Although I am not very intimate with the Riot Act, still, I think that it is so long that there was an impossibility in the way of its being read in the time occupied by Mr. Rede.
I am borne out in the supposition by the information of several parties who assert that but a portion of it was read. If so I believe the consequent proceedings were illegal.
Immediately after the first charge, matters became so general and complicated that I can furnish but a poor narrative; there was rushing here, then back again, officers and orderlies galloped wildly along the new road, swords rattled, shots were fired, and single prisoners were taken, and marched to the camp. Some I hear are charged with having no licenses, other with attempted rescue, and a few with firing on the military and police. Monday’s Police Court will, I expect put me in possession of the real state of the facts. It was currently reported that one digger had been killed, but I cannot vouch for the truth of it. Several of the diggers I know were seriously wounded, and I saw blood marks on a few of the Police.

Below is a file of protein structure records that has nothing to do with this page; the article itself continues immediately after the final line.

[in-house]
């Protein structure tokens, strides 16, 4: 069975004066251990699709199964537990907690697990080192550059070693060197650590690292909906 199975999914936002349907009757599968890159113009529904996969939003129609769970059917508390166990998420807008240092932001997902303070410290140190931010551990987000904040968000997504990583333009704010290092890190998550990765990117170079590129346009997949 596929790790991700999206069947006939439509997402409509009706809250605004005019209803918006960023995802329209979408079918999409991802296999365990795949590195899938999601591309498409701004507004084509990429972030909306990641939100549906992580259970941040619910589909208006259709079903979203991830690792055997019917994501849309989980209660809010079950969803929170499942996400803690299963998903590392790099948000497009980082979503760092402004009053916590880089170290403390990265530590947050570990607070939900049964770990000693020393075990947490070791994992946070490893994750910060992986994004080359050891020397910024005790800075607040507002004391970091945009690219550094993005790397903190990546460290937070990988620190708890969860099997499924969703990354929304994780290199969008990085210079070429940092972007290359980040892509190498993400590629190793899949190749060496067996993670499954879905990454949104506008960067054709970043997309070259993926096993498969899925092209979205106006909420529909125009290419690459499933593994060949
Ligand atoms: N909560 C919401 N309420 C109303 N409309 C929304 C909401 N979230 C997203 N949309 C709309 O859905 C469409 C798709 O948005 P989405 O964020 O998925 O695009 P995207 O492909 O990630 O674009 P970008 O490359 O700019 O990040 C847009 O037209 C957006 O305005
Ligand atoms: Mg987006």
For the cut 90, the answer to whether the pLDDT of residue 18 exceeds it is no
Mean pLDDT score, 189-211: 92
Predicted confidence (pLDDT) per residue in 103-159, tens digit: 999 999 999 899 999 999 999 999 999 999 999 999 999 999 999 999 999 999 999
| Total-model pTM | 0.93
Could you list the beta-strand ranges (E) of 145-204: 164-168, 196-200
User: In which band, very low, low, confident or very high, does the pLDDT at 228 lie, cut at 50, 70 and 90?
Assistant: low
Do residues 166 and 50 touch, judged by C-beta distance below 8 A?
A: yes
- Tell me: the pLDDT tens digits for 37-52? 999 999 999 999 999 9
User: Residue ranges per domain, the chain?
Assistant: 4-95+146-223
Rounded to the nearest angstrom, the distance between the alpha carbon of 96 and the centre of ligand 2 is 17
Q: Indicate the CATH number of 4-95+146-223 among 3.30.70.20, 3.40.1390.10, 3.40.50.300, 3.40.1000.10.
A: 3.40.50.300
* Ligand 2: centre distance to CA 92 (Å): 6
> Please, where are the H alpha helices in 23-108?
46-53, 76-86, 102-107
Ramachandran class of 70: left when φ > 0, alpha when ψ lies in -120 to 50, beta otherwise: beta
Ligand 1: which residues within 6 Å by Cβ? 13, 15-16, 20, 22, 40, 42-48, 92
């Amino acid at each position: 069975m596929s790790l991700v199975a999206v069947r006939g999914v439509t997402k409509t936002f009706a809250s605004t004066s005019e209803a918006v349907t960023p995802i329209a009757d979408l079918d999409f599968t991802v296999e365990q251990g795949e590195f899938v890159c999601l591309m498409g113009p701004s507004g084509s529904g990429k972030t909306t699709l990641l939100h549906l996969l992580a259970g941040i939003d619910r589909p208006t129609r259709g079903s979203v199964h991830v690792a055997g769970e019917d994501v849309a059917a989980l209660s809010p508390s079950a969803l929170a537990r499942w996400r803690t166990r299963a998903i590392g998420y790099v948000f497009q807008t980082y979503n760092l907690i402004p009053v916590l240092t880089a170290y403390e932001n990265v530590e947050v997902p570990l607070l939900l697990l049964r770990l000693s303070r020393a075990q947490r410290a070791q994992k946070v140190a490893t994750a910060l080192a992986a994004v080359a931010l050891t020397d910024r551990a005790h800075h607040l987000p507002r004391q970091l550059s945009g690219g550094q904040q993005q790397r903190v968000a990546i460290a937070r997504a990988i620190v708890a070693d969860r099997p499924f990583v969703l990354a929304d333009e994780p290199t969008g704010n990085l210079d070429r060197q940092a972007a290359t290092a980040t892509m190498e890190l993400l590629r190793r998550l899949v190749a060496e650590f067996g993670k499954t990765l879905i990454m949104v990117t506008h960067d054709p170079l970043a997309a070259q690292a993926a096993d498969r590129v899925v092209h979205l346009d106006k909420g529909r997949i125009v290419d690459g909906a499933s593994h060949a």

About half-past 12, the whole force was marched up to the Camp again. They were all under arms when the Express left, and there is still a large force employed in guarding every avenue to the Camp and patrolling every direction.
At 3 o’clock an impromptu meeting was held on Bakery Hill, when volunteers were called for, and instantly stepped forward to the amount of 500 men or so: many, though not all of these men, were armed. They assembled round the Australian flag, which has now a permanent flag staff, chose their leaders and